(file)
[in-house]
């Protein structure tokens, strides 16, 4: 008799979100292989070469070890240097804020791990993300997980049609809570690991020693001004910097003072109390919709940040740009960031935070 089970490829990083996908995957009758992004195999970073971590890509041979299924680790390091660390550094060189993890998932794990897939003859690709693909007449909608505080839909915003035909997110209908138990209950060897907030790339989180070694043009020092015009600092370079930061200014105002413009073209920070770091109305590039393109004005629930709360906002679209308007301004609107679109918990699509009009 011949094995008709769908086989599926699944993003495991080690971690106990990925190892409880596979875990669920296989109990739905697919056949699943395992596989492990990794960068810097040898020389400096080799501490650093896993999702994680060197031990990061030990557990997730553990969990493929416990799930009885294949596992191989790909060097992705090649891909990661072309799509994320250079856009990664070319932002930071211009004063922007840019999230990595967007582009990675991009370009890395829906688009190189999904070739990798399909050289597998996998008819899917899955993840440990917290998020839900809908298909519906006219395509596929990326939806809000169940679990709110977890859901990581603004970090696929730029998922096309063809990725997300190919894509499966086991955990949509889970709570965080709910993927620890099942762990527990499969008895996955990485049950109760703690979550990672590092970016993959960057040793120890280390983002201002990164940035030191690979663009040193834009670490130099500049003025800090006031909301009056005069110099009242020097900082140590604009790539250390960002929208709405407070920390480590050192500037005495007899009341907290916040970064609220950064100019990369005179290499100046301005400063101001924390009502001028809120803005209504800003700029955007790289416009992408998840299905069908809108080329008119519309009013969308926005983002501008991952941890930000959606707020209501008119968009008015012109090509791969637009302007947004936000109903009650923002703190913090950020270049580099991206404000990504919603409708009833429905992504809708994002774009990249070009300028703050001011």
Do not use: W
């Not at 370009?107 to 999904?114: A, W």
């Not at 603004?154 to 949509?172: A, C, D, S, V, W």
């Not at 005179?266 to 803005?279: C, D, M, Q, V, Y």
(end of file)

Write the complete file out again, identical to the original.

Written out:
[in-house]
């Protein structure tokens, strides 16, 4: 008799979100292989070469070890240097804020791990993300997980049609809570690991020693001004910097003072109390919709940040740009960031935070 089970490829990083996908995957009758992004195999970073971590890509041979299924680790390091660390550094060189993890998932794990897939003859690709693909007449909608505080839909915003035909997110209908138990209950060897907030790339989180070694043009020092015009600092370079930061200014105002413009073209920070770091109305590039393109004005629930709360906002679209308007301004609107679109918990699509009009 011949094995008709769908086989599926699944993003495991080690971690106990990925190892409880596979875990669920296989109990739905697919056949699943395992596989492990990794960068810097040898020389400096080799501490650093896993999702994680060197031990990061030990557990997730553990969990493929416990799930009885294949596992191989790909060097992705090649891909990661072309799509994320250079856009990664070319932002930071211009004063922007840019999230990595967007582009990675991009370009890395829906688009190189999904070739990798399909050289597998996998008819899917899955993840440990917290998020839900809908298909519906006219395509596929990326939806809000169940679990709110977890859901990581603004970090696929730029998922096309063809990725997300190919894509499966086991955990949509889970709570965080709910993927620890099942762990527990499969008895996955990485049950109760703690979550990672590092970016993959960057040793120890280390983002201002990164940035030191690979663009040193834009670490130099500049003025800090006031909301009056005069110099009242020097900082140590604009790539250390960002929208709405407070920390480590050192500037005495007899009341907290916040970064609220950064100019990369005179290499100046301005400063101001924390009502001028809120803005209504800003700029955007790289416009992408998840299905069908809108080329008119519309009013969308926005983002501008991952941890930000959606707020209501008119968009008015012109090509791969637009302007947004936000109903009650923002703190913090950020270049580099991206404000990504919603409708009833429905992504809708994002774009990249070009300028703050001011």
Do not use: W
């Not at 370009?107 to 999904?114: A, W």
């Not at 603004?154 to 949509?172: A, C, D, S, V, W």
């Not at 005179?266 to 803005?279: C, D, M, Q, V, Y």